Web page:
Where do we draw the line between wishing for better fortune and using fantasy as escape? This question is at the heart of a recent thought-provoking short film, The Wish Horse.
Written and directed by Lisa Ford, the film looks at magical thinking to address mental health, telling the story of a single mother with bipolar disorder and her two young children. It takes its name from the experience of six-year-old Kitty, who believes a neighbouring foal can grant wishes.
“Why don’t you use your wish? You can wish for mom to come back home.”
Kitty gives this advice to her 14-year-old brother Russell after their mother suddenly leaves them. But Russell, who struggles to carry the family load doesn’t believe in wishing.
Living with a mentally ill parent is always difficult. But in the case of Kitty and Russell, it’s practically unbearable. Isolated from supports, their mother has a hard time managing her disorder, and eventually things get so bad she leaves home and her children behind for some time.
According to Joanne Nicholson, Professor of Psychiatry at Dartmouth Psychiatric Research Center, absence of mental health assistance was one of the important social issues depicted in the film:
“I wondered and thought a lot about what kind of services would have helped the mother and family because there are lots of better options than to live the way they were living.”
And a better life is what young Kitty wished for. Speaking with the Trauma and Mental Health Report, director Lisa Ford commented on the concept of magical thinking:
“I hope audiences will make the connection that Kitty is using what child development experts would call “magical thinking” to try to understand and cope with her circumstances.”
Magical thinking describes a variety of irrational beliefs. In an interview with Scientific American, Harvard psychology fellow Piercarlo Valdesolo defines it as “the belief that an object, action, or circumstance not logically related to a course of events can influence its outcome.”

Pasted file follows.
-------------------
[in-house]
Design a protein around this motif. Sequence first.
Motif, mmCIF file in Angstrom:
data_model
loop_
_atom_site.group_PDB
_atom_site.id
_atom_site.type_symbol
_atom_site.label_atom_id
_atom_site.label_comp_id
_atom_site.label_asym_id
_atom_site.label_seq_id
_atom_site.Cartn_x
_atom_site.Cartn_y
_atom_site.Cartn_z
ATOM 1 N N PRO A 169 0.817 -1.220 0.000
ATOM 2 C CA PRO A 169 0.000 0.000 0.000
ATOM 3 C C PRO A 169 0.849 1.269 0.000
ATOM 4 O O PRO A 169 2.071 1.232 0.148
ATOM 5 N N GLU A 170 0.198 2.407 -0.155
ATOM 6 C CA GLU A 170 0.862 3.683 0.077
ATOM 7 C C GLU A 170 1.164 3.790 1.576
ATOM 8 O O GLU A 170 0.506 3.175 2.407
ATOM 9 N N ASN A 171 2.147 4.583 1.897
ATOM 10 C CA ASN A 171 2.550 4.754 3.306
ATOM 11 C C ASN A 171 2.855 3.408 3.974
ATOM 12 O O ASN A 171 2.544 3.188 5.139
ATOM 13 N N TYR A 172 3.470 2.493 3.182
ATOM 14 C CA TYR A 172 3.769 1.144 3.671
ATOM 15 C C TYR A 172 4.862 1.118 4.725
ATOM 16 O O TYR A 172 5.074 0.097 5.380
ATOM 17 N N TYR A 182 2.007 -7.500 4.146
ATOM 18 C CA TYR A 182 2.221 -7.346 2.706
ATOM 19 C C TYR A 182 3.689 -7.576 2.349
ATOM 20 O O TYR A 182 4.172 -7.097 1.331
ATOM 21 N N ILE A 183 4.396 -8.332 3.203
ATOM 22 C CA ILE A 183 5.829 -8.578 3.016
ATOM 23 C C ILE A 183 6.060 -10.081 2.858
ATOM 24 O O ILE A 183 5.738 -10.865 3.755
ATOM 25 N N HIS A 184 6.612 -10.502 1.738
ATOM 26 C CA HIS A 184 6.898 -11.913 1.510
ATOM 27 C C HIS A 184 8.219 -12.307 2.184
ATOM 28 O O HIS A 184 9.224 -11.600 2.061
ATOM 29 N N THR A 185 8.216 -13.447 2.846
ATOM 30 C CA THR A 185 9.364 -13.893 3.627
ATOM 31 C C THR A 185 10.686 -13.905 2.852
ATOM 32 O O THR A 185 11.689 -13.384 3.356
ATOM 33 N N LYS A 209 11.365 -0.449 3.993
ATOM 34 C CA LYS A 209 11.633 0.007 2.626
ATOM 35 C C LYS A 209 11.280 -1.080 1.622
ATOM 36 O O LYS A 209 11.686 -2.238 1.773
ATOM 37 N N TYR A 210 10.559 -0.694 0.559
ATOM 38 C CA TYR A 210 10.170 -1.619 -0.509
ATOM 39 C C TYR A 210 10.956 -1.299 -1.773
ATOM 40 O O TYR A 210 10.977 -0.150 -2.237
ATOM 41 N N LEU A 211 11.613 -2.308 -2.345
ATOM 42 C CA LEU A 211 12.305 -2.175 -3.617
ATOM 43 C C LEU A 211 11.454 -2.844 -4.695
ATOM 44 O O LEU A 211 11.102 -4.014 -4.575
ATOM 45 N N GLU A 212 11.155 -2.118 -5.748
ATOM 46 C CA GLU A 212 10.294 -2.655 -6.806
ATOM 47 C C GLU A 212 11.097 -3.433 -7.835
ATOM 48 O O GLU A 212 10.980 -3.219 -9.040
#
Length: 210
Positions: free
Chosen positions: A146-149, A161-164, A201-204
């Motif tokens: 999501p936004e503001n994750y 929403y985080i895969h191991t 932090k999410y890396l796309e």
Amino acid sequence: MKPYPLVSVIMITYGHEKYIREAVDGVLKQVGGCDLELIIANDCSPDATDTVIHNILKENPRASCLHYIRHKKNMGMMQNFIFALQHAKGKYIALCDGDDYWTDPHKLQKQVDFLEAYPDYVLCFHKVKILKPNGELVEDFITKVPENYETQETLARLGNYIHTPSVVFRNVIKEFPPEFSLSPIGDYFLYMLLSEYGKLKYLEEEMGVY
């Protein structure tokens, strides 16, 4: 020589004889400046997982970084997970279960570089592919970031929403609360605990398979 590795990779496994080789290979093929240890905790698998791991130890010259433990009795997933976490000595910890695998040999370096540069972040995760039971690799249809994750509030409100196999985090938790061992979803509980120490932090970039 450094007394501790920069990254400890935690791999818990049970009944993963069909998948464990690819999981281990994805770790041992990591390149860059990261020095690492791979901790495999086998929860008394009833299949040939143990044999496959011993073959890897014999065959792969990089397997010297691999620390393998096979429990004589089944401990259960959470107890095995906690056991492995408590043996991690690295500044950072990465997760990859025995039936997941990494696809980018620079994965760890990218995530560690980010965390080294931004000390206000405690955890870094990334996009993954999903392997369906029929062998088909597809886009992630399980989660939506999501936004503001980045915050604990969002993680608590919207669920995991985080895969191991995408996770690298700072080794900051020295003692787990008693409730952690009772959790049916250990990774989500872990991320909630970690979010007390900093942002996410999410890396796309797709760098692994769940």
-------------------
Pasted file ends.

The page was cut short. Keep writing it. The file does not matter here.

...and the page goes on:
But Eric MacMaster, a child and adolescent psychiatry fellow at SUNY Upstate Medical University believes the line between adaptive and maladaptive magical thinking may be more fluid:
“Magic or fantasy is both normal and a defense simultaneously. The little girl bestowing powers on a horse provides a way to detach from what can sometimes be a harsh reality.”
MacMaster thinks we should see defenses as common rather than strange, particularly in the case of Kitty:
“I suppose there is some negative association with the term ‘defense mechanism’, but in reality people utilize defenses daily. In this case as the character is a child, the use of fantasy is usually seen as developmentally appropriate.”
The movie ends with Russell and Kitty leaving their family home for good, walking through the woods to the sound of calm music in the background. There’s a sense of Russell finally believing in wishing. The viewer assumes an optimistic future as their unhealthy surroundings are now left behind. But… a future without a mother? It may be hard to see that as hopeful, yet in the film’s world, there is no black and white, and in director Lisa Ford’s view:
“We do have some hope that Russell may be able to take care of her and that the kids might ultimately be okay. The ‘going into the woods’ part is a metaphor for the many paths the kids may travel in the future.”
Of course, other viewers will agree with Nicholson that this kind of family disruption is more traumatic than anything:
“Most families don’t want to be disrupted. Maybe it’s the safe thing to do in the moment but lots of families wish for treatment and services so that they can stay together.”
Mental illness, loss and the wish for a stable family, the wish for a better life… where fantasy and harsh reality intersect.
– Marjan Khanjani, Contributing Writer
Feature: Marica Villeneuve, Trauma and Mental Health Report Resident Artist, used with permission
First: Photo by Zack Wilson
Second: Photo by Deborah Chesher